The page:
Want to take your leadership – and your team’s success – to the next level? Avoid these 3 common mistakes when it comes to emotional intelligence
Emotional intelligence is critical to success and happiness in today’s dynamic and often intense business world. Yet many tech leaders still get it wrong.
It’s not enough to possess the right mix of intelligence, skill, knowledge, and expertise. What really sets the most impactful leaders apart is their capacity to connect with their own emotions and the emotions of others.
In other words, it comes down to your emotional intelligence: the ability to apply what you’re learning about yourself to the relationships with those around you – including colleagues, team members, and mentees. While it’s a skill that applies to all areas of our lives, developing emotional intelligence as a leader sets your team – and your career – up for success.
According to Daniel Goleman’s Working with Emotional Intelligence, “The single most important factor in job performance and advancement is emotional intelligence.” In fact, an individual’s EQ (emotional quotient) has twice the power of a standard IQ assessment when it comes to predicting job performance. Those who connect, within themselves and with others, succeed. It’s that simple.
3 common emotional intelligence mistakes
Having spent more than 20 years in enterprise software, I’ve seen my share of leaders who possess a high degree of emotional awareness, and those who don’t. Here are three of the most common mistakes leaders across all generations, levels, and industries make when it comes to emotional intelligence:
1. Being guarded instead of open
Emotional intelligence is about being aware of your own emotional state, being able to self-regulate your emotions, and being open to applying that awareness to your relationships with others. At its core, emotional intelligence requires a degree of transparency and vulnerability. You can’t “fake it until you make it.”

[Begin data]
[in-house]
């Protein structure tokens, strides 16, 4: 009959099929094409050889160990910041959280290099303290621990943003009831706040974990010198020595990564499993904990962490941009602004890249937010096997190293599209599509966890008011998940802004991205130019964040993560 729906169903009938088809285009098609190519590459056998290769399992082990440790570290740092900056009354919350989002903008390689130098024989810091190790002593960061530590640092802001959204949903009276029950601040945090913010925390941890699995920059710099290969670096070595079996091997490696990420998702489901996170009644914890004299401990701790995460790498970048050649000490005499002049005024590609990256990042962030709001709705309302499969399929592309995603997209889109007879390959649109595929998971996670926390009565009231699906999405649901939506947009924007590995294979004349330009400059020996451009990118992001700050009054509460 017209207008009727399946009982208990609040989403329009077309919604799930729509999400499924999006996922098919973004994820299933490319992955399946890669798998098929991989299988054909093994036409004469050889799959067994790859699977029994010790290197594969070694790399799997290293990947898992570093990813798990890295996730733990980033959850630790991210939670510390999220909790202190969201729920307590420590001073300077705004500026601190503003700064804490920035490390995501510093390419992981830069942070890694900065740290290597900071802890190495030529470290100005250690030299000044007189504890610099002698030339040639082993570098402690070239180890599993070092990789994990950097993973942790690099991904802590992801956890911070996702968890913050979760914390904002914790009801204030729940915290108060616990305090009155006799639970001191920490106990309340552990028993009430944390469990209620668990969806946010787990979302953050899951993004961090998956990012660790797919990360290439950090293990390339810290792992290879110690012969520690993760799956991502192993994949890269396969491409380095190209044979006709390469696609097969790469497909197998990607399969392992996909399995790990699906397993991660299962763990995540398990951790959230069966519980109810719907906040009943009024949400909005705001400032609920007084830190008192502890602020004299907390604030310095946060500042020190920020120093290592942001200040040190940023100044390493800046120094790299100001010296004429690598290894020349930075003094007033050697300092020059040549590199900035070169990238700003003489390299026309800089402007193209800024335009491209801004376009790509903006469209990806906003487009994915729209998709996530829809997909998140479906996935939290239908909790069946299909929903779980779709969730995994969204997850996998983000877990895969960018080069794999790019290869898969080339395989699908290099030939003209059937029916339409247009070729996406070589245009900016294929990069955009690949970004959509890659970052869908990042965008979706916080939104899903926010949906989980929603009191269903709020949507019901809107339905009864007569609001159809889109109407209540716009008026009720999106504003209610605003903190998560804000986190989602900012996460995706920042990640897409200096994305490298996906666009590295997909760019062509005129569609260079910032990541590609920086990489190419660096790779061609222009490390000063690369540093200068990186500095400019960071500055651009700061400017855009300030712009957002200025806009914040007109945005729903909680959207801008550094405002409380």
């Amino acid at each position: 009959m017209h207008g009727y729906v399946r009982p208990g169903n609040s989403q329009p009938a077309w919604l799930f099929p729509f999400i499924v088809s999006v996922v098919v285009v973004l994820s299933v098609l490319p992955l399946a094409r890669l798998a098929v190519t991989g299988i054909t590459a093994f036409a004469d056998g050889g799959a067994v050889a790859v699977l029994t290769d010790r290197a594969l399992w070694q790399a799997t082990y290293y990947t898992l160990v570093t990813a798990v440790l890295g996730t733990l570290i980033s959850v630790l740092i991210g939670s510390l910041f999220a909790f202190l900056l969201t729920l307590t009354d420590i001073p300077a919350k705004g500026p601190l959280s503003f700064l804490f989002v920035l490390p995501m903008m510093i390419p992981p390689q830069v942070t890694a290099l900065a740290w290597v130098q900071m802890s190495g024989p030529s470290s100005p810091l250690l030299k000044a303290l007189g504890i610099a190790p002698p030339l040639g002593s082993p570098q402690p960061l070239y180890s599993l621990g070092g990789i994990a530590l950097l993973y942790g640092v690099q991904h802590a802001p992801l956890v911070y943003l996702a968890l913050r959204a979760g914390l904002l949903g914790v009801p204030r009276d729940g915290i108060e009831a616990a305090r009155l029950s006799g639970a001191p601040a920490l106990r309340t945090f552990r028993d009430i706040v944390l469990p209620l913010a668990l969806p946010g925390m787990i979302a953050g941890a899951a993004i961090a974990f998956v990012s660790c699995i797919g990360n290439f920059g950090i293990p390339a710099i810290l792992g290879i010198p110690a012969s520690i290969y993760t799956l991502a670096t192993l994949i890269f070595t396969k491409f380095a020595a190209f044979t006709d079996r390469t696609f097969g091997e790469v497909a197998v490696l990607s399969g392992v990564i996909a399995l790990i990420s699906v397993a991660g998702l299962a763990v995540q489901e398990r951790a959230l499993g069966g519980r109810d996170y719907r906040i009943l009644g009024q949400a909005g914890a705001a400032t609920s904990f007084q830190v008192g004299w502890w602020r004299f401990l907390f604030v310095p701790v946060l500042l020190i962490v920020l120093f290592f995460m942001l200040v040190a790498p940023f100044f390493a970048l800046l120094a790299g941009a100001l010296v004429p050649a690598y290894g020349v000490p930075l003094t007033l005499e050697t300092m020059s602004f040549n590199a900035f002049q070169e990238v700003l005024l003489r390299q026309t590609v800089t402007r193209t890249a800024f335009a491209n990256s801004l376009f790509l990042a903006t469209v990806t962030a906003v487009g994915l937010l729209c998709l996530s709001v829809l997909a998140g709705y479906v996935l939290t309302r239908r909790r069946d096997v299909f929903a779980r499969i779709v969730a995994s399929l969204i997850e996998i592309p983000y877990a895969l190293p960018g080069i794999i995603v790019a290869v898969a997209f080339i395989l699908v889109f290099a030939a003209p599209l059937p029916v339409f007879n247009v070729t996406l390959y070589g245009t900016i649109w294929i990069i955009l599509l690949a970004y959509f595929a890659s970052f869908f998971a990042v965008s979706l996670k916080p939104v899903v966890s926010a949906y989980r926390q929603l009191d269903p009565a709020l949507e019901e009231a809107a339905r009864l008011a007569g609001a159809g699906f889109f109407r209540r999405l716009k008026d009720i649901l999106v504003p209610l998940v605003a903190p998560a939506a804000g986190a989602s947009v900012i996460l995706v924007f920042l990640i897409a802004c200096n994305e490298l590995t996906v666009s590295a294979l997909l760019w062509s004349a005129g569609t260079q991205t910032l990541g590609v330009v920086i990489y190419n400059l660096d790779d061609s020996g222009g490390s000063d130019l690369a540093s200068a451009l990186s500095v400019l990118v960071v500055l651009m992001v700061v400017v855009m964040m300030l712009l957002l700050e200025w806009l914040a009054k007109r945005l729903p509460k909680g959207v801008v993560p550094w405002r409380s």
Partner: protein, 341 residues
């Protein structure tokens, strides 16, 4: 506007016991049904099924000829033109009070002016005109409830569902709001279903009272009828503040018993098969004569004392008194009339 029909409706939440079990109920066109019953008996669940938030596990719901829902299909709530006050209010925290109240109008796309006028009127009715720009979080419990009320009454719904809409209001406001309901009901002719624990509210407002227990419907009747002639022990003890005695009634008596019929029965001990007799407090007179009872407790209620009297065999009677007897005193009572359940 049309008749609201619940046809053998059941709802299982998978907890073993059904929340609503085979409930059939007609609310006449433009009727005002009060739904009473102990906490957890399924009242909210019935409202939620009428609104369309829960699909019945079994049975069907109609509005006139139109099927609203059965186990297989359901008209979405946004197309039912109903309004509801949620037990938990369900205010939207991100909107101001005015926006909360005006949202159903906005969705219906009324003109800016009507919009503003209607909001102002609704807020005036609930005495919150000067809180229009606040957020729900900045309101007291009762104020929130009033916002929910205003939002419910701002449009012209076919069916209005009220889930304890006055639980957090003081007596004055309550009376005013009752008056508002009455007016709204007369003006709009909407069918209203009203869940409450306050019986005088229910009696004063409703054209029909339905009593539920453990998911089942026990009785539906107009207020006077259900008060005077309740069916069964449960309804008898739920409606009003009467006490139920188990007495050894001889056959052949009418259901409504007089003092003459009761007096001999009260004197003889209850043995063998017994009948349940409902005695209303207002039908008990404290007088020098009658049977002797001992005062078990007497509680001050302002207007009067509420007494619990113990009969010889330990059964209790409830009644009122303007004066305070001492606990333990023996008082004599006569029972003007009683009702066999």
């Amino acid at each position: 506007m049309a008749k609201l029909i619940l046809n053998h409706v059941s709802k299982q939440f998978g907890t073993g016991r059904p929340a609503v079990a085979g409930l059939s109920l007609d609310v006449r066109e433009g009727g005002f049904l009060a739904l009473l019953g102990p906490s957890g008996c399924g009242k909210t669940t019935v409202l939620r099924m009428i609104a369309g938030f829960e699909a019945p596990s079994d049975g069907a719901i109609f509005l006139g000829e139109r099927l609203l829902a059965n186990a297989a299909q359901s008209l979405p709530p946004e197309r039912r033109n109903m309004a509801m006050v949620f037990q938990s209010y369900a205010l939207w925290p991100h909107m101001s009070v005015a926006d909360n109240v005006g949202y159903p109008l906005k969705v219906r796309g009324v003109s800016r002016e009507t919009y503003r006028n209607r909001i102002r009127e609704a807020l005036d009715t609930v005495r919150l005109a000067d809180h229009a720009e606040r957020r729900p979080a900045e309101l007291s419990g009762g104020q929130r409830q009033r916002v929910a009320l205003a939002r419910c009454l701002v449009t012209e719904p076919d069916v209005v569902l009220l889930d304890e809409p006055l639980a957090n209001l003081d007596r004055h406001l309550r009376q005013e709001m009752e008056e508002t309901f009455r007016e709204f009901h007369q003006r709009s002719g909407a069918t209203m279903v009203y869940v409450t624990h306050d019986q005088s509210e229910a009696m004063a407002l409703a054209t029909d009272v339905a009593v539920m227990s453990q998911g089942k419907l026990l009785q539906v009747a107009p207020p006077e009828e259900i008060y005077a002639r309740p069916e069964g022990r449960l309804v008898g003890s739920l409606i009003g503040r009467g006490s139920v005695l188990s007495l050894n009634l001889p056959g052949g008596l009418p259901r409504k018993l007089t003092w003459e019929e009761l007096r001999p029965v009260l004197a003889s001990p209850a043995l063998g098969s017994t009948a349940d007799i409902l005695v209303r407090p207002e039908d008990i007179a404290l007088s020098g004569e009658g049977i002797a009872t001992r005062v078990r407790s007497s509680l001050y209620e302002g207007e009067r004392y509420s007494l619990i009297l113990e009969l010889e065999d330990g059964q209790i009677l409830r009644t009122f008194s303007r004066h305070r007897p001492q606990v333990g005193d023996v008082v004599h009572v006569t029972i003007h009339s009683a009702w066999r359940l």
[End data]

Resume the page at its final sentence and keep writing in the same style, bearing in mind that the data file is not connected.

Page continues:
Instead, you have to be radically self-aware and open. While negative experiences have taught us to be guarded and reserved in how much we share, spreading emotional intelligence in the workplace demands openness, transparency and vulnerability. Being personable and real, instead of guarded and defensive, makes you accessible as a leader.
[ What does open leadership look like? Read also: How to avoid organizational indigestion through open leadership. ]
2. Viewing emotional intelligence as an innate quality
If we view emotional intelligence as something people either have or don’t have, we miss out on the opportunity to influence the EQ of those around us. Emotional intelligence is a measurable, learnable skill. Instead of viewing it as something your team members either have or don’t have, recognize that you can make an impact by demonstrating emotional intelligence.
You do this when you exercise self-control, show empathy, and manage conflict while staying true to yourself and respecting those around you. The mere act of increasing your own awareness of opportunities to demonstrate emotional intelligence will make a positive and lasting impact. In addition, when you see a colleague missing the cue on emotional intelligence, give the individual the feedback and link it to specific examples.
3. Deferring your own needs
As a leader, it’s imperative that you check in with yourself – and often. If you want to hone your emotional intelligence, you have to tune in to yourself. What am I feeling, and how are my emotions impacting those around me? While there are dozens of emotions, most of them can be boiled down to six universal emotions: joy, surprise, sadness, anger, disgust, and fear. Often, what we experience is a mix of multiple emotions. For example, feeling surprise, sadness, and anger all at once. Increasing our own awareness of the emotions we’re experiencing can help us better connect with ourselves and those around us.
As leaders, we have to remember that we’re human first. Emotions don’t just creep into the workplace; they are a part of who we are and how we connect with one another. When we embrace and cultivate our own emotional intelligence, we invite those around us to do the same – and the impact on our collective productivity and engagement is exponential.